If three local men have anything to say about it, the Shelter Island Bucks will be back at Fiske Field this summer.
Frank Emmett, Brian Cass and John Spinelli have formed a leadership group aimed at sharing responsibilities. One of the factors that almost collapsed the effort to keep the Island’s Hampton Collegiate Baseball League (HCBL) franchise going was putting too much work on one set of shoulders year after year.
Mr. Emmett, who was last season’s general manager, sees his role as two-fold:
• Helping Mr. Spinelli to transition into the general manager’s role smoothly while providing support.
• Assisting in identifying housing for players and coaches for the spring-summer season.
“Housing is the key,” Mr. Emmett said. Families stepped up at the start, but it was still difficult to get enough housing for the entire group. This year, with some long-time host families wanting time off, there’s a large need for housing on the Island that is a must if the town is to field a team.
He’s hoping that families with children of Little League age might step up since it’s those children who will have opportunities to have players serve as mentors.
In addition to those benefits to host families, there’s also an effort underway to assist would-be hosts with expenses. Some of that money could come from the HCBL, with other contributions coming from local businesses and individuals.
Host families are asked to provide sleeping space for a Buck and some space in the refrigerator for food as well as access to a washing machine and dryer. A host family has no responsibility for transporting a player, with some athletes having their own vehicles and sharing rides with others.
As for discipline, players know that if they step out of line, no matter how well they play on game days, they will be sent home. Because that has been strictly enforced, host families have encountered few issues through the years with the players they host.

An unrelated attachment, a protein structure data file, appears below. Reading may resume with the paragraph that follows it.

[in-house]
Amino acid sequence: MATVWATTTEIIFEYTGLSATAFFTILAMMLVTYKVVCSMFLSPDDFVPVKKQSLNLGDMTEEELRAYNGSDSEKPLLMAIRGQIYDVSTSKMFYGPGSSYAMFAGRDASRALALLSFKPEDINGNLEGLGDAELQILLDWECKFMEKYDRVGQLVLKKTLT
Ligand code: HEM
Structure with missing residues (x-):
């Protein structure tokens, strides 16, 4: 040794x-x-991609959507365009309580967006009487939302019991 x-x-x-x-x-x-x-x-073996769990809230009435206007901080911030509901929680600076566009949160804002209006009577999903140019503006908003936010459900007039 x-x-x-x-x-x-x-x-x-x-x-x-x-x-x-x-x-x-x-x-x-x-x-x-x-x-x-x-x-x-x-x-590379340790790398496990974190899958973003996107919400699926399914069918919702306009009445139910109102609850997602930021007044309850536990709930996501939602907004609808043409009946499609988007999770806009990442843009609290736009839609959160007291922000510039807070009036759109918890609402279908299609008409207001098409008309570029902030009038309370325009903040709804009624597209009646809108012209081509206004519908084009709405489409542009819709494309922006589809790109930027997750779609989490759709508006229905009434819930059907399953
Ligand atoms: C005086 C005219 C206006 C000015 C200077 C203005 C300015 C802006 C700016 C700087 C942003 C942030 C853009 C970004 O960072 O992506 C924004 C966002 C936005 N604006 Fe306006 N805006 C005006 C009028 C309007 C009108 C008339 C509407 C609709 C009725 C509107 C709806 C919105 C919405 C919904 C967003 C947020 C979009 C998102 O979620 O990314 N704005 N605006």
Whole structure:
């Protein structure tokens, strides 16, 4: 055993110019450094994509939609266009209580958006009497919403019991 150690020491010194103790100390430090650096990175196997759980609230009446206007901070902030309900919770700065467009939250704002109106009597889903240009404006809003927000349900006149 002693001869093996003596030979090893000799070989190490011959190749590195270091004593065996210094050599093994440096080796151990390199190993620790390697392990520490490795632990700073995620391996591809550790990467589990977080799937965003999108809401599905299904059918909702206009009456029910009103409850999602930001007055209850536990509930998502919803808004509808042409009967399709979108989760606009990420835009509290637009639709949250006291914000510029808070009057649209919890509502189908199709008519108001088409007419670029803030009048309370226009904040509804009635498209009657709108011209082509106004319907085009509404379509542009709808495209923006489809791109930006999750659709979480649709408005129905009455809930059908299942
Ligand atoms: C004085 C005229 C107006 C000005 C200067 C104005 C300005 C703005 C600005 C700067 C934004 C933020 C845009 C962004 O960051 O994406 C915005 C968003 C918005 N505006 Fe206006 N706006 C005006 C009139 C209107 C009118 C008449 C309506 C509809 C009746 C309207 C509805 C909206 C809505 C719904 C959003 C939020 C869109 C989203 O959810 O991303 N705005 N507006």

“I’m cautiously optimistic,” Mr. Emmett said about the Bucks fielding a team in the summer of 2019.
“It’s all about the community itself,” Mr. Spinelli said about his decision to step forward and work with Mr. Emmett and Mr. Cass. As a man who came to the Island 25 years ago, he said reading about the possibility of the town losing the team was what brought him to the table.
“How can I sit there and know I have the time and the knowledge” to join others in keeping the team alive, he said.
He and his family have enjoyed Bucks games in past seasons. To strip away a team so important to the Island’s children would be a disservice, he said.
“It’s a game I know pretty well,” he said about his determination to play a leading role in keeping the Bucks thriving.
Mr. Cass has long been involved with the Bucks but couldn’t be reached in time for this story. HCBL President Sandi Kruel said Mr. Cass had played an important supporting role in past seasons.
The Bucks have contributed more money than any of the other six teams in the league, another reason for Ms. Kruel’s efforts to keep the Bucks alive in 2019.
She has already been recruiting players for the Island team.
Carol Galligan at times has been a committee of one, trying to keep the Bucks alive. She is pleased, she said, with the energy that seems to have rekindled the hope for another Bucks season.
“I couldn’t be more delighted,” Ms. Galligan said. “Virtue isn’t always its own reward, but in this case it is,” she said.